Role of the Government in Health
1. In this chapter you have read that health is a wider concept than illness. Look at this quote from the Constitution and explain the terms ‘living standard’ and ‘public health’ in your own words.
An important part of the Constitution says it is the “duty of the state to raise the level of nutrition and the standard of living and to improve public health. ”
- Living Standard
- The level of living at which they live.
- It is a low level if the basic needs are barely satisfied.
- If one leads a comfortable life, the living standard is said to be of a higher level.
- The level of living at which they live.
- Public Health
- Public health means the health of the general public or people.
- The constitution ensures equal access to health t.o all without any discrimination on the basis of caste, creed, sex, religion, etc.
2. What are the different ways through which the government can take steps to provide healthcare for all? Discuss.
The government can take steps to provide healthcare for all by:
- Increasing the number of hospitals, healthcare centres, and family welfare centres.
- Organising free camps for the check-up of the general public.
- Organising Pulse Polio campaigns.
- Spreading health awareness among common people through different means. Workshops, seminars, and training camps can also prove to be effective ways.
3. What differences do you find between private and public health services in your area? Use the following table to compare and contrast these.
4. ‘Improvement in water and sanitation can control many diseases’. Explain with the help of examples.
Water and sanitation are the basic necessities for the maintenance of our health. Poor quality of water causes a lot of health problems. Similarly, poor sanitation causes many epidemics giving birth to dangerous insects and worms.
Recently we saw the spread of Dengue caused by Aedes (a mosquito). Malaria is also caused by a mosquito called anopheles. Improvement in water and sanitation can control these happenings.
VERY SHORT ANSWER TYPE QUESTIONS
1. What do people in a democratic country expect the government? [V. Imp.]
People in a democratic country expect the government to work for their welfare.
2. Where do most doctors prefer to settle?
Most doctors prefer to settle in urban areas.
3. Name some water-borne diseases.
Diarrhoea, worms, hepatitis.
4. What problem do rural people face whenever they come in a grip of an illness?
They have to travel long distances to reach a doctor.
5. What do we need to prevent and treat illnesses?
We need appropriate healthcare facilities such as health centres, hospital laboratories for testing, ambulance services, etc.
6. What do you mean by a public health care system? [V. Imp.]
This is a system of hospitals and health centres run by the government.
7. What happened to Hakim Sheik?
One evening in 1992, he accidentally fell off a running train and suffered head injuries.
8. Why did Hakim Sheik file a case in the court?
Hakim Sheik filed a case in the court because of the indifferent attitude of various government hospitals that refused to admit him.
9. Who got costly medical treatment—Aman or Raryan?
Ranjan got costly medical treatment.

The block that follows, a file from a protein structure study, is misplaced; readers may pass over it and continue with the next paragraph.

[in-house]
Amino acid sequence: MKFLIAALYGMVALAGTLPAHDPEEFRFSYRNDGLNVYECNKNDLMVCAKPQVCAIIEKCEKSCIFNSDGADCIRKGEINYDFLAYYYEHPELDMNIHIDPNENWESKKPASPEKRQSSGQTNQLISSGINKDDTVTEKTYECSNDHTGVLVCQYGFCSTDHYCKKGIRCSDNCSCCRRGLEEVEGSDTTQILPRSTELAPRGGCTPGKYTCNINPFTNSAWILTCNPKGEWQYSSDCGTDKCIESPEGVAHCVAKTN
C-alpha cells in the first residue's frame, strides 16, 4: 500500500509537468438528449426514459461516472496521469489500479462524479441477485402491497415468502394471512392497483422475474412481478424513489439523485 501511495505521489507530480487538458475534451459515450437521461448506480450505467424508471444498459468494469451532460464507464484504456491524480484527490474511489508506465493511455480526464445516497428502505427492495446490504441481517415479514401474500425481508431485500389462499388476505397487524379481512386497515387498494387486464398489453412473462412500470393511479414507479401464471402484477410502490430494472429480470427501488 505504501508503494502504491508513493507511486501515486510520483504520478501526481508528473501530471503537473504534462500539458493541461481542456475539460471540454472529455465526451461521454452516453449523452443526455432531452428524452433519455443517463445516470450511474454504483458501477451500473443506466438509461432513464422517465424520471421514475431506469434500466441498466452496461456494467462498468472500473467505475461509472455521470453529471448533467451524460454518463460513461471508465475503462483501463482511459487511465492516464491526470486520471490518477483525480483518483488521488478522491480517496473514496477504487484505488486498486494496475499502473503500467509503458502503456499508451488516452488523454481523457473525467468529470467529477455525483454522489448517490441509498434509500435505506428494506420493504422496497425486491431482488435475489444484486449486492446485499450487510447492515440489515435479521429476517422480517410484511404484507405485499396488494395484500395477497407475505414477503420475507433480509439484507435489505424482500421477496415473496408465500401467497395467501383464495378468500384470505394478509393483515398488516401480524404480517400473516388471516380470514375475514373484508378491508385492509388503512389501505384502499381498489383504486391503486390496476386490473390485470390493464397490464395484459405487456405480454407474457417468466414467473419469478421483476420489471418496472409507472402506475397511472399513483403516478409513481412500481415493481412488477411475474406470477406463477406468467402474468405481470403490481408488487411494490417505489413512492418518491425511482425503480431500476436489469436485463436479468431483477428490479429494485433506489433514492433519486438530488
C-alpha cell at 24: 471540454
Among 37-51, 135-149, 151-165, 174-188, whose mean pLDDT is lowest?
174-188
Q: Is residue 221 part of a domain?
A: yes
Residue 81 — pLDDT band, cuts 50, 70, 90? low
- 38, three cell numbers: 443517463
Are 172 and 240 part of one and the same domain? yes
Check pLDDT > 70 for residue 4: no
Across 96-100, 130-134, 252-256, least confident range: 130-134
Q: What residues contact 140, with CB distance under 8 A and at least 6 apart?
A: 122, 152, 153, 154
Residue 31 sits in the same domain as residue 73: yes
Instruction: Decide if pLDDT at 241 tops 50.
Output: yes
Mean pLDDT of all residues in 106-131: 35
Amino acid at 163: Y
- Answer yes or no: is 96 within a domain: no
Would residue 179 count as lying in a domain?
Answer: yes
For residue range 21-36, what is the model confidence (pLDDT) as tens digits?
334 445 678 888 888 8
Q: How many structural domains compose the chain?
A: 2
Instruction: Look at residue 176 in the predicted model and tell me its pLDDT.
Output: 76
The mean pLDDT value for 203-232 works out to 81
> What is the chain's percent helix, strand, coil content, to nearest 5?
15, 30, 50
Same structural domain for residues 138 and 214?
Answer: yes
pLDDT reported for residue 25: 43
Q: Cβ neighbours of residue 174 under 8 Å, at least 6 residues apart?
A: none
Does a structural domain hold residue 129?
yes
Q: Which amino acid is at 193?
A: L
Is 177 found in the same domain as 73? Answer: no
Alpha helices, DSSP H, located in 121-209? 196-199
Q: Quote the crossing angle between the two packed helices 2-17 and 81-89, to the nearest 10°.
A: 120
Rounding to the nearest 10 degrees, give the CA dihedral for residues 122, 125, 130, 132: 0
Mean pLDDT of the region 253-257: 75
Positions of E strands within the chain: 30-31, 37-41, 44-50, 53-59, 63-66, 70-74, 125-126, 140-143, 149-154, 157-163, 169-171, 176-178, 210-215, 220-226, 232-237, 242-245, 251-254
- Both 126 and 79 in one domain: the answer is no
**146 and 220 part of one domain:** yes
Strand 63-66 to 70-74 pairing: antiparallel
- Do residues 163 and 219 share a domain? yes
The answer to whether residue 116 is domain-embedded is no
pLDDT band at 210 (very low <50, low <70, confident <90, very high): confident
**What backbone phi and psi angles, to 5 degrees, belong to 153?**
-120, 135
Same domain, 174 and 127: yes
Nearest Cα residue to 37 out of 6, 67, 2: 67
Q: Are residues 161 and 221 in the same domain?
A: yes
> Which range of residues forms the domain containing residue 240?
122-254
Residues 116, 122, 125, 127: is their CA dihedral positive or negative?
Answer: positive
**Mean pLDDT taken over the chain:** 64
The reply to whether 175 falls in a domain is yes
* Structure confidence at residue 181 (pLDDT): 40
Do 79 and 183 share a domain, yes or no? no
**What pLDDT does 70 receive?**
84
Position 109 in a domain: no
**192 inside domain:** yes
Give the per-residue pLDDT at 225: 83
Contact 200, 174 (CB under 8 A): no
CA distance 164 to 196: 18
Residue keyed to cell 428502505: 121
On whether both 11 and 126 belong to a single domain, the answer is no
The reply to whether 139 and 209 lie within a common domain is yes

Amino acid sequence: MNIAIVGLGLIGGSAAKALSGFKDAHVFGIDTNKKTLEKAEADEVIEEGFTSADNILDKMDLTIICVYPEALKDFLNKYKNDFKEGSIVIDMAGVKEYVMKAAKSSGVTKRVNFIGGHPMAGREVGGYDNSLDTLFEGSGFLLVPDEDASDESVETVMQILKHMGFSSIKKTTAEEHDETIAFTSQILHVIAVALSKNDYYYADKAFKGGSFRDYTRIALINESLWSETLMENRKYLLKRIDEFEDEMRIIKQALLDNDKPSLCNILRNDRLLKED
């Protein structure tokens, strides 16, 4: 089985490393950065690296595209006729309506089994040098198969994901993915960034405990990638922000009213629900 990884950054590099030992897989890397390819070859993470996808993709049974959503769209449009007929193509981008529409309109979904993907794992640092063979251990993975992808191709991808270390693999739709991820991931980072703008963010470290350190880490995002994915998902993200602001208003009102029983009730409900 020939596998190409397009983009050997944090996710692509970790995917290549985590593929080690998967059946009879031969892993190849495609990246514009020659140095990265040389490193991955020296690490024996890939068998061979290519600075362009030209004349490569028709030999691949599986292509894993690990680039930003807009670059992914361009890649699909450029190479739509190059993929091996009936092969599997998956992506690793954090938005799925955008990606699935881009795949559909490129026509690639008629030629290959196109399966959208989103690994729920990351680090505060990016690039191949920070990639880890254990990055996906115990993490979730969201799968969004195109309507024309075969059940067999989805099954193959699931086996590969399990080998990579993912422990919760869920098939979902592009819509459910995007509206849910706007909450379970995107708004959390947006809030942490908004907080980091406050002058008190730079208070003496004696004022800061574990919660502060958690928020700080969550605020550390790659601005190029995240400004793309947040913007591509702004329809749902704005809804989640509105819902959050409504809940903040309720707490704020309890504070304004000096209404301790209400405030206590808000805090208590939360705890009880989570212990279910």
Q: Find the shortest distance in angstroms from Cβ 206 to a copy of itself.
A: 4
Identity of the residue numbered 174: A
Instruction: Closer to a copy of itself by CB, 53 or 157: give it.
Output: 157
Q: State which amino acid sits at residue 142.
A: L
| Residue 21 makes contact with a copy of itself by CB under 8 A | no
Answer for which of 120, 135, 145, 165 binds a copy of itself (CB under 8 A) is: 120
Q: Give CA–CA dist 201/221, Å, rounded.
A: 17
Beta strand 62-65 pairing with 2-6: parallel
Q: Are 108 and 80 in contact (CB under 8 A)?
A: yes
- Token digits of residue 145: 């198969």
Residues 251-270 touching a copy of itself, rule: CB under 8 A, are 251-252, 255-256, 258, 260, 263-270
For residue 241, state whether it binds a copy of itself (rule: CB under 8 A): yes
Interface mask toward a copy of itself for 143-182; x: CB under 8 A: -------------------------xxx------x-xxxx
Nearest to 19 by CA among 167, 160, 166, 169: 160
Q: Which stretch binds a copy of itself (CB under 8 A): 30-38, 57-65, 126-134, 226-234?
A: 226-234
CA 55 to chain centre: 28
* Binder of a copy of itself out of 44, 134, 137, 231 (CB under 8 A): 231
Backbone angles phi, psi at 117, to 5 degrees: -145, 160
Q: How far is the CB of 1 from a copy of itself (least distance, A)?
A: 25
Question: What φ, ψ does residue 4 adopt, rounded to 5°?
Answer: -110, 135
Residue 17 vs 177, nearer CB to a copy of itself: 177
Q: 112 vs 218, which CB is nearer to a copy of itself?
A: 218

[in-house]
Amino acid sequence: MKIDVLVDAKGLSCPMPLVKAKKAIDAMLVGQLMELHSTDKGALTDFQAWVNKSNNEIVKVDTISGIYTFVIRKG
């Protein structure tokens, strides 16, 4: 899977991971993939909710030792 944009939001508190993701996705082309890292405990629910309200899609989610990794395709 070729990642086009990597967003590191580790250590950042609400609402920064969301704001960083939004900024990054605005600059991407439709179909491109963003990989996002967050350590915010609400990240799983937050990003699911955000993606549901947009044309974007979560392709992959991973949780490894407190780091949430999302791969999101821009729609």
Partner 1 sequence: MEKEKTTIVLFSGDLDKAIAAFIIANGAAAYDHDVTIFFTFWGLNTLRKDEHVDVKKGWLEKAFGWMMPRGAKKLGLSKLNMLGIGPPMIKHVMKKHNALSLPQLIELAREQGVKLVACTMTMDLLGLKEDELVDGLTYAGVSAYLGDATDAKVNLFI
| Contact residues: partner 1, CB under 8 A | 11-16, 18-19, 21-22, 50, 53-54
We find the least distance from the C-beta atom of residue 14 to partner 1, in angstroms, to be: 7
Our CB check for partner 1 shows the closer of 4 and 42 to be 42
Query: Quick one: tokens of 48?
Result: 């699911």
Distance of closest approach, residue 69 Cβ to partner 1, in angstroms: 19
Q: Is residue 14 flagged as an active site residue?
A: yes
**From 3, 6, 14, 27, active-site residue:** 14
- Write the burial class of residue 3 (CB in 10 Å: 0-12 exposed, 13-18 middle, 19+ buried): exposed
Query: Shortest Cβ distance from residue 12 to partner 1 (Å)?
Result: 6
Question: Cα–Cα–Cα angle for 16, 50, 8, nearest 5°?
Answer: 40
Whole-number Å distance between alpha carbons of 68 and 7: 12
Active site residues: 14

10. What did the court ask the State Government in the Hakim Sheik case?
The court asked the State Government to give Hakim Sheik the money that he had spent on his treatment.
11. What is the full form of RMPs? Where are they found?
Registered Medical Practitioners. They are found in rural areas.
12. Where are private services, easily available?
Private services are easily available in urban areas.
13. Why are poor people more likely to fall ill?
Poor people are more likely to fall ill because they are not provided basic necessities like drinking water, adequate housing, clean surroundings, etc.
14. Why are women not taken to a doctor in a prompt manner?
It is because women’s health concerns are considered to be less important than the health of men in the family.
SHORT ANSWER TYPE QUESTIONS
1. Define health from broader perspective. [V. Imp.]
The common definition of health is the ability of a person to remain free of illness and injuries. But health is not only about the disease. It is something more than that. Apart from disease, we need to think of other factors such as safe drinking water, clean surroundings, etc. because they affect our health in various ways.
If people fail to get these basic amenities of life, they will fall ill. Being active and in good spirits are also an essential part of health. We also need to be without mental stress, because we cannot be healthy for a long time if we are under mental strain.
2. Mention some positive aspects of healthcare in India. [Imp.]
Some positive aspects of healthcare in India are:
- India has a good number of doctors, clinics, and hospitals. It is among the largest producers of doctors.
- Healthcare facilities have grown substantially over the years. The number of hospitals grew from 11,174 in 1991 to 18,218 in 2000.
- India gets a large number of medical tourists from several countries. They come for treatment in some of the world-famous hospitals in India.
- India is the fourth-largest producer of medicines in the world and also a large exporter of medicines.
3. What are the negative aspects of healthcare in India? [Imp.]